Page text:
MANSFIELD — Squatters who took over a Mansfield home are out once and for all.
News 8 has been following the adverse possession trend for two months now. Earlier in December, we showed you how the La Tour family went to court for a routine eviction hearing, but were arrested instead.
On Tuesday, the couple was permitted to get their belongings out of the residence they had been occupying.
A moving crew hauled away the possessions of a family of squatters Wednesday. The LaTours claimed they had moved in to the two-story brick home legally through adverse possession, but it's a big mess now.
A Christmas tree, bicycles, furniture and appliances littered the lawn.
Andrew LaTour moved his family into the big Mansfield home last summer with every intent to stay. He claimed it for a $16 filing fee on an affidavit of adverse possession. The property's legal owner didn't even know.
"There was a homeowner who was trying to sell the home, and basically that's why he was out — to sell the home," explained Tarrant County Constable Clint Burgess.
That's when the LaTours moved in.
When Burgess contacted the legal owner, the owner filed a complaint.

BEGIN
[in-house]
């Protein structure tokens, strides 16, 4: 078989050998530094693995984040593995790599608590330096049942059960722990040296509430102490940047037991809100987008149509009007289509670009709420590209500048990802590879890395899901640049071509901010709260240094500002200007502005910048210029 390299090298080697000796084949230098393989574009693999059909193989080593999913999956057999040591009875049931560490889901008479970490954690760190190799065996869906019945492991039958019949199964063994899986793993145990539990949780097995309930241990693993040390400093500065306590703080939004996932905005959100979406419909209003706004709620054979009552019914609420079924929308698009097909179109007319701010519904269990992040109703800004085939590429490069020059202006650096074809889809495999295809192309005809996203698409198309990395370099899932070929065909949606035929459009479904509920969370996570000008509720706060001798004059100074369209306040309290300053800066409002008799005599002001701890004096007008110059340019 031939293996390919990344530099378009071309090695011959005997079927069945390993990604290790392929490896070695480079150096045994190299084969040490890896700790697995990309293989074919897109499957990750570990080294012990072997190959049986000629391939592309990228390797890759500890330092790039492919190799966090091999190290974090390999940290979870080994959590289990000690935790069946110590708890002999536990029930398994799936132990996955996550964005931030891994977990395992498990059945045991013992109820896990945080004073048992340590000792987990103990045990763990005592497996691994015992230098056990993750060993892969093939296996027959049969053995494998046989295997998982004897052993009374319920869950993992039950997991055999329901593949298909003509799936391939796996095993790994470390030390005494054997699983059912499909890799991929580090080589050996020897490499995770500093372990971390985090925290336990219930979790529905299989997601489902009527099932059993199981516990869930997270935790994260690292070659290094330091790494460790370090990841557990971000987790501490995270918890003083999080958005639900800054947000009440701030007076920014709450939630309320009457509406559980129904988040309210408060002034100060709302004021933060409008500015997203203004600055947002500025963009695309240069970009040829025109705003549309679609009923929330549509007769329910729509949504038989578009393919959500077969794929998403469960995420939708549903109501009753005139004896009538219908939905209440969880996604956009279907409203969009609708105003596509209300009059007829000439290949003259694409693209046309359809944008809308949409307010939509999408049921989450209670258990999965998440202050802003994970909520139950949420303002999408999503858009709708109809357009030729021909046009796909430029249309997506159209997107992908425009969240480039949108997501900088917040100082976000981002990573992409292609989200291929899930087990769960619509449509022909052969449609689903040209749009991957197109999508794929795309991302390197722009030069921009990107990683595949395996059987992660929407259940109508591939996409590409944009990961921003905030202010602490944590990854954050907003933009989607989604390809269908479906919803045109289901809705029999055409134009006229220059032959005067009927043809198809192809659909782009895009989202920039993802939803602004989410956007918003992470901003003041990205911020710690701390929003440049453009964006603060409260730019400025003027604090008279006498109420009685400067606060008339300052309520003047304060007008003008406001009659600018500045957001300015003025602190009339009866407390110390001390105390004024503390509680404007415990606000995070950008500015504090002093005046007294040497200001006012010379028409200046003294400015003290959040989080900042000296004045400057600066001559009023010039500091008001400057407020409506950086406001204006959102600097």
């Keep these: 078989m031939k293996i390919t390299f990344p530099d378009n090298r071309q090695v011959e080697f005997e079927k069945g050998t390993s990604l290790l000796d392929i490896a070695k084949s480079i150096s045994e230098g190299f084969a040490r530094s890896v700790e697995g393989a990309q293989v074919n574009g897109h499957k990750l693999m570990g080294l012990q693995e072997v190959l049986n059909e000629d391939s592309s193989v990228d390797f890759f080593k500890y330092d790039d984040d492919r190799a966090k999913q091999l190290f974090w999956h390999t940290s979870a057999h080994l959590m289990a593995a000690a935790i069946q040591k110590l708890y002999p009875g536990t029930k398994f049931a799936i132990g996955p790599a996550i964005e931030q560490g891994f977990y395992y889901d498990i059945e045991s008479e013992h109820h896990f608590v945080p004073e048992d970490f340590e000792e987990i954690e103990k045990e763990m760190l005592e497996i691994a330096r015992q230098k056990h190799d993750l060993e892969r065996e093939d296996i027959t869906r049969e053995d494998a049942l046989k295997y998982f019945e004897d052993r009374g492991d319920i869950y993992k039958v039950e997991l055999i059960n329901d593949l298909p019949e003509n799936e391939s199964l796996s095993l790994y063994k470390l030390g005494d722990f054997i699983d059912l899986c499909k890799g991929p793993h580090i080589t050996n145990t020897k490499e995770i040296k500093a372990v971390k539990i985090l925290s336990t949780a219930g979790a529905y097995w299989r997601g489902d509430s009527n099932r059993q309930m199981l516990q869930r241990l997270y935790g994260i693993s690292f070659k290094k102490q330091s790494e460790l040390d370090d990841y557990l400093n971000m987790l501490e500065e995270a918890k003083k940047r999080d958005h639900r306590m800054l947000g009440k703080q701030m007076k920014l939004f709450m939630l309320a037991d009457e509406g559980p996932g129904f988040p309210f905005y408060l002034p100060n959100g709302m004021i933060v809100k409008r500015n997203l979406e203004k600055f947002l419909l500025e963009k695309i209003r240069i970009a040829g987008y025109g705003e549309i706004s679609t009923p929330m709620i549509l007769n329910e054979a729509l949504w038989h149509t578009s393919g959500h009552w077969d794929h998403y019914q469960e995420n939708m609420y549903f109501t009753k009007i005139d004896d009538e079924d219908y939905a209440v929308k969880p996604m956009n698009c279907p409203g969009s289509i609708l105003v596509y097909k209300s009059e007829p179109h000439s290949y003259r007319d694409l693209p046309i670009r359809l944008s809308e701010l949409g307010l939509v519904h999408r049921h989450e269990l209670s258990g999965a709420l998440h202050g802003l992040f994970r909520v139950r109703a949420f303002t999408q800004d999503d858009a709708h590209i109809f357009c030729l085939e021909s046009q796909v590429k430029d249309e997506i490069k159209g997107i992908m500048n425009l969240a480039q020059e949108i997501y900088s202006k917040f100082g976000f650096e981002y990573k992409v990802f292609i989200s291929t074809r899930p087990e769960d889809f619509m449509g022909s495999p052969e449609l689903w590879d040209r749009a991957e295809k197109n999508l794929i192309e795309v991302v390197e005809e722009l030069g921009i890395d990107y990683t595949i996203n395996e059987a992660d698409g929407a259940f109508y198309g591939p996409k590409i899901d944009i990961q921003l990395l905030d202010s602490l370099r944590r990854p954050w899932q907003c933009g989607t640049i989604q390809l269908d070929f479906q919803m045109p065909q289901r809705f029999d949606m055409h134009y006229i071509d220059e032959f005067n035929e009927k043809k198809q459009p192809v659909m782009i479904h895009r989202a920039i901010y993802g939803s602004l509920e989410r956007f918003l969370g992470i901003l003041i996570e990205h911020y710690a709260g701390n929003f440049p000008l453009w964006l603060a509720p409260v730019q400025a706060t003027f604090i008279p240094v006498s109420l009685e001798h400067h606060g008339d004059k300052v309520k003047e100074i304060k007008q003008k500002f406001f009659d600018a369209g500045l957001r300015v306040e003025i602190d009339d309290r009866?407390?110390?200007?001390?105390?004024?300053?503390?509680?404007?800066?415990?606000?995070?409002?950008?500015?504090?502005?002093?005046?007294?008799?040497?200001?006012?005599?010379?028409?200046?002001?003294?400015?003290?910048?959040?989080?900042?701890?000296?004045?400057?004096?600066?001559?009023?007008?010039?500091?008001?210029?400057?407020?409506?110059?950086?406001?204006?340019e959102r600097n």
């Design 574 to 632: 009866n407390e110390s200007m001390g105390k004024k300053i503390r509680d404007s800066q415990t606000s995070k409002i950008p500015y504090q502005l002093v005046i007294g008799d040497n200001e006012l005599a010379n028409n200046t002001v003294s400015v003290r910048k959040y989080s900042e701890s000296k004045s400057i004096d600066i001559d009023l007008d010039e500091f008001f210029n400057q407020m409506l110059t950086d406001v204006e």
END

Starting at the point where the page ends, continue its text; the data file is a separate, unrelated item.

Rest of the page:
The constable removed the LaTours from the residence shortly before Thanksgiving, but a judge ruled that the family could remove their belongings.
"Seizing this property for evidence, it would tie up the home for a lot longer," Burgess said. "They want to get the home back and move on with their lives."
All three claimed homes through adverse possession; all three have now been charged with burglary and theft for doing so.
"As we get going, we're finding more and more — it's not even just this area, it's really nationwide," Burgess said.
The LaTours declined to talk with News 8 on Wednesday, but they previously said they got into adverse possession through Kenneth Robinson. He claimed a house in Flower Mound and launched a Web site called 16DollarHouse.com to show others how to do it.
As it turns out, $16 can buy a lot of trouble. We've now seen at least eight people arrested on charges related to adverse possession just in North Texas, but as the constable pointed out, it's happening all across the U.S. with properties left empty by the mortgage crisis.
Sixty-two people filed for adverse possession in Tarrant County, but officials said they are no longer taking applications.